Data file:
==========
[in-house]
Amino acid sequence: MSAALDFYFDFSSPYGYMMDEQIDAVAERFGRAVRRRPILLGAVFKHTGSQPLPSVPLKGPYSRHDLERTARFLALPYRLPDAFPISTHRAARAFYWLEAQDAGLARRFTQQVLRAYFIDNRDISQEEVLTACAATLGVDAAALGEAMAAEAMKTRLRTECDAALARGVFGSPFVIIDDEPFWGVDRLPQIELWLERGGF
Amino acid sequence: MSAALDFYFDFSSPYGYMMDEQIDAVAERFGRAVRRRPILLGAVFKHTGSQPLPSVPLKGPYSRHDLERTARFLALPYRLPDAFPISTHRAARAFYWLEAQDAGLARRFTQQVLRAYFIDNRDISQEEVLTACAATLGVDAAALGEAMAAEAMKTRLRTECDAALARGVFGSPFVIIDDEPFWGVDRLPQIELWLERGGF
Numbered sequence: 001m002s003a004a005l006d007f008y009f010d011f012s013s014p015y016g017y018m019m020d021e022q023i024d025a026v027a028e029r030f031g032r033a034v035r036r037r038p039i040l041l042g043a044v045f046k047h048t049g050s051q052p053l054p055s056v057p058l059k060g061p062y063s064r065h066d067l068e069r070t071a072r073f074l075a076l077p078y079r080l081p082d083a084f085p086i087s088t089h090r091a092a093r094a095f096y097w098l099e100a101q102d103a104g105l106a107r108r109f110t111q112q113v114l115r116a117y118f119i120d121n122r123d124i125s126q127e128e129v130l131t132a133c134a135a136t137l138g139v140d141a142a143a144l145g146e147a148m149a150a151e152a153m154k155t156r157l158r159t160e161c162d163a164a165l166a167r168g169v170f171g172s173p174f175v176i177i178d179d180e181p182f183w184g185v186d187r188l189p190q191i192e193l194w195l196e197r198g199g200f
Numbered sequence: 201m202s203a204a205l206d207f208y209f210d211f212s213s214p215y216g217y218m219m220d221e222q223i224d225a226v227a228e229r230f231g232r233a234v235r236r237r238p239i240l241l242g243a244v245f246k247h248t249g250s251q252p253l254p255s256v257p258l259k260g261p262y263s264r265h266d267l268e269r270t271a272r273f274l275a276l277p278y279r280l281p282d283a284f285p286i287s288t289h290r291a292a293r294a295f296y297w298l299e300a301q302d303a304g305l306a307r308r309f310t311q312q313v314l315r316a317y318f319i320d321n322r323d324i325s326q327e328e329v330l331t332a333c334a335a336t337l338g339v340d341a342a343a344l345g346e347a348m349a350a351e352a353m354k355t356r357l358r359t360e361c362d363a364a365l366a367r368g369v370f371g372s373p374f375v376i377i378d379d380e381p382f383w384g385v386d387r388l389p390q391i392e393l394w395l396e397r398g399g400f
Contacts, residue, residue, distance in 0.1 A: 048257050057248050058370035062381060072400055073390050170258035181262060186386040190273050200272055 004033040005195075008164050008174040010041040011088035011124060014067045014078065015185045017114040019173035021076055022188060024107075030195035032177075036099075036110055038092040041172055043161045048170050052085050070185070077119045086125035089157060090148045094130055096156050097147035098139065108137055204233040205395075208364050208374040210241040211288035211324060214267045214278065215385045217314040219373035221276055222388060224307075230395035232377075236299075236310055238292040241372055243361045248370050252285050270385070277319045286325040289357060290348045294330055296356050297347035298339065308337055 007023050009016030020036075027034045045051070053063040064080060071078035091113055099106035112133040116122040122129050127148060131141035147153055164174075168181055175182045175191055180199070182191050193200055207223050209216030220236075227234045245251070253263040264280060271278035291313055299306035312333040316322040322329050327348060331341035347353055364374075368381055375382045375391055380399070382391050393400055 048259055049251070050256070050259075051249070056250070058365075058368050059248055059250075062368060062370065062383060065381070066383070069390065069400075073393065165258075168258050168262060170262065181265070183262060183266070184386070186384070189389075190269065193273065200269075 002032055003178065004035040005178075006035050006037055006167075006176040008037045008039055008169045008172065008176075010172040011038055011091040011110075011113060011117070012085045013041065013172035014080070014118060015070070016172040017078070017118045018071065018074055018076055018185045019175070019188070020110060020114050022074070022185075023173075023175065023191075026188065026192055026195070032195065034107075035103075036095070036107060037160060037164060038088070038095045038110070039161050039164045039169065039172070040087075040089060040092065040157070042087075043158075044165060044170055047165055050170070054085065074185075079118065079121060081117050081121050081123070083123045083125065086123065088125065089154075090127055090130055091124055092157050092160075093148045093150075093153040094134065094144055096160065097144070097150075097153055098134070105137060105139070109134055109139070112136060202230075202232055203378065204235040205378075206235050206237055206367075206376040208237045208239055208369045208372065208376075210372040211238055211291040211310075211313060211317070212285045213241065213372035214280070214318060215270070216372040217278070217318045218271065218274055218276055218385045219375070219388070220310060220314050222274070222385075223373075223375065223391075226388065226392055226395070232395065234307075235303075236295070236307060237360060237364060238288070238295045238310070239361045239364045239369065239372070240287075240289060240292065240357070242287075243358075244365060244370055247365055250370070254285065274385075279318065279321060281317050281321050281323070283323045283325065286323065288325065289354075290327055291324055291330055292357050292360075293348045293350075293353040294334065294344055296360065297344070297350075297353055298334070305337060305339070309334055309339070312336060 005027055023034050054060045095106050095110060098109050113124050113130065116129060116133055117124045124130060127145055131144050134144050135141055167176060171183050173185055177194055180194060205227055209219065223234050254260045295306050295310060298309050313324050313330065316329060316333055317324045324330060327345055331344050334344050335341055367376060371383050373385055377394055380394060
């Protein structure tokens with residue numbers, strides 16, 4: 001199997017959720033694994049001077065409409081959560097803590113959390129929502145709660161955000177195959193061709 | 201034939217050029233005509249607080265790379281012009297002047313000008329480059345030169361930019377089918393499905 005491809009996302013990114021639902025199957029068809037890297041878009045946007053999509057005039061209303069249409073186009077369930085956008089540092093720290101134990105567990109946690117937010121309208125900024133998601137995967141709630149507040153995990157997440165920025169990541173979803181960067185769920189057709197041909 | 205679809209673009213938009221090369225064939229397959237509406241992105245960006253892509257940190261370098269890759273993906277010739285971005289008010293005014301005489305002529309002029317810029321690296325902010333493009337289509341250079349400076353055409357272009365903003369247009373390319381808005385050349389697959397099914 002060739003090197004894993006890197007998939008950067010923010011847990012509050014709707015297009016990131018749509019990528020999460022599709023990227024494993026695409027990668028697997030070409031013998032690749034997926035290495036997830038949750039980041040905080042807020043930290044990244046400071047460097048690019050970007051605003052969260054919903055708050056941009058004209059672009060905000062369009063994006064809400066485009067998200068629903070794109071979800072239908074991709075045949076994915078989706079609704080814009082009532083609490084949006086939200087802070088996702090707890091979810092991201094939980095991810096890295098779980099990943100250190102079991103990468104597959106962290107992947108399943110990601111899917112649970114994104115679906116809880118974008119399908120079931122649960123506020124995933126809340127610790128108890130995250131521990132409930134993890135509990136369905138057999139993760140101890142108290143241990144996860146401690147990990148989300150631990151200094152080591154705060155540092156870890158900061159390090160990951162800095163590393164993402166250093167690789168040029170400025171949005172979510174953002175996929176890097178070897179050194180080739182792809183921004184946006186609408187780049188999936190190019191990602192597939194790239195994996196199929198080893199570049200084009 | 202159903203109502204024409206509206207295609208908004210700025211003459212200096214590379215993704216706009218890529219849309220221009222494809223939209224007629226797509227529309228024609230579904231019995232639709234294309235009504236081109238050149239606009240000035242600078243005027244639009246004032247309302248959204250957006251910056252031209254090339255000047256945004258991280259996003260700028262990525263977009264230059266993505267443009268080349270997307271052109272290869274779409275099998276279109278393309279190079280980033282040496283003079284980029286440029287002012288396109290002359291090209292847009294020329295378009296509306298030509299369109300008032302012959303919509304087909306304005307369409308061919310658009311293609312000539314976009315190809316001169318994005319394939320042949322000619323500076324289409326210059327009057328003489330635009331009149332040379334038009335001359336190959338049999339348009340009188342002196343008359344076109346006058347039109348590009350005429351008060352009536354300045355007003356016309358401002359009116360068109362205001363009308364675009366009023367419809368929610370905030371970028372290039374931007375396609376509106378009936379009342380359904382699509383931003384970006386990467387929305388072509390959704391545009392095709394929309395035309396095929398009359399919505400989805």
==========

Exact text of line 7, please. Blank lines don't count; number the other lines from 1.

């Protein structure tokens with residue numbers, strides 16, 4: 001199997017959720033694994049001077065409409081959560097803590113959390129929502145709660161955000177195959193061709 | 201034939217050029233005509249607080265790379281012009297002047313000008329480059345030169361930019377089918393499905 005491809009996302013990114021639902025199957029068809037890297041878009045946007053999509057005039061209303069249409073186009077369930085956008089540092093720290101134990105567990109946690117937010121309208125900024133998601137995967141709630149507040153995990157997440165920025169990541173979803181960067185769920189057709197041909 | 205679809209673009213938009221090369225064939229397959237509406241992105245960006253892509257940190261370098269890759273993906277010739285971005289008010293005014301005489305002529309002029317810029321690296325902010333493009337289509341250079349400076353055409357272009365903003369247009373390319381808005385050349389697959397099914 002060739003090197004894993006890197007998939008950067010923010011847990012509050014709707015297009016990131018749509019990528020999460022599709023990227024494993026695409027990668028697997030070409031013998032690749034997926035290495036997830038949750039980041040905080042807020043930290044990244046400071047460097048690019050970007051605003052969260054919903055708050056941009058004209059672009060905000062369009063994006064809400066485009067998200068629903070794109071979800072239908074991709075045949076994915078989706079609704080814009082009532083609490084949006086939200087802070088996702090707890091979810092991201094939980095991810096890295098779980099990943100250190102079991103990468104597959106962290107992947108399943110990601111899917112649970114994104115679906116809880118974008119399908120079931122649960123506020124995933126809340127610790128108890130995250131521990132409930134993890135509990136369905138057999139993760140101890142108290143241990144996860146401690147990990148989300150631990151200094152080591154705060155540092156870890158900061159390090160990951162800095163590393164993402166250093167690789168040029170400025171949005172979510174953002175996929176890097178070897179050194180080739182792809183921004184946006186609408187780049188999936190190019191990602192597939194790239195994996196199929198080893199570049200084009 | 202159903203109502204024409206509206207295609208908004210700025211003459212200096214590379215993704216706009218890529219849309220221009222494809223939209224007629226797509227529309228024609230579904231019995232639709234294309235009504236081109238050149239606009240000035242600078243005027244639009246004032247309302248959204250957006251910056252031209254090339255000047256945004258991280259996003260700028262990525263977009264230059266993505267443009268080349270997307271052109272290869274779409275099998276279109278393309279190079280980033282040496283003079284980029286440029287002012288396109290002359291090209292847009294020329295378009296509306298030509299369109300008032302012959303919509304087909306304005307369409308061919310658009311293609312000539314976009315190809316001169318994005319394939320042949322000619323500076324289409326210059327009057328003489330635009331009149332040379334038009335001359336190959338049999339348009340009188342002196343008359344076109346006058347039109348590009350005429351008060352009536354300045355007003356016309358401002359009116360068109362205001363009308364675009366009023367419809368929610370905030371970028372290039374931007375396609376509106378009936379009342380359904382699509383931003384970006386990467387929305388072509390959704391545009392095709394929309395035309396095929398009359399919505400989805």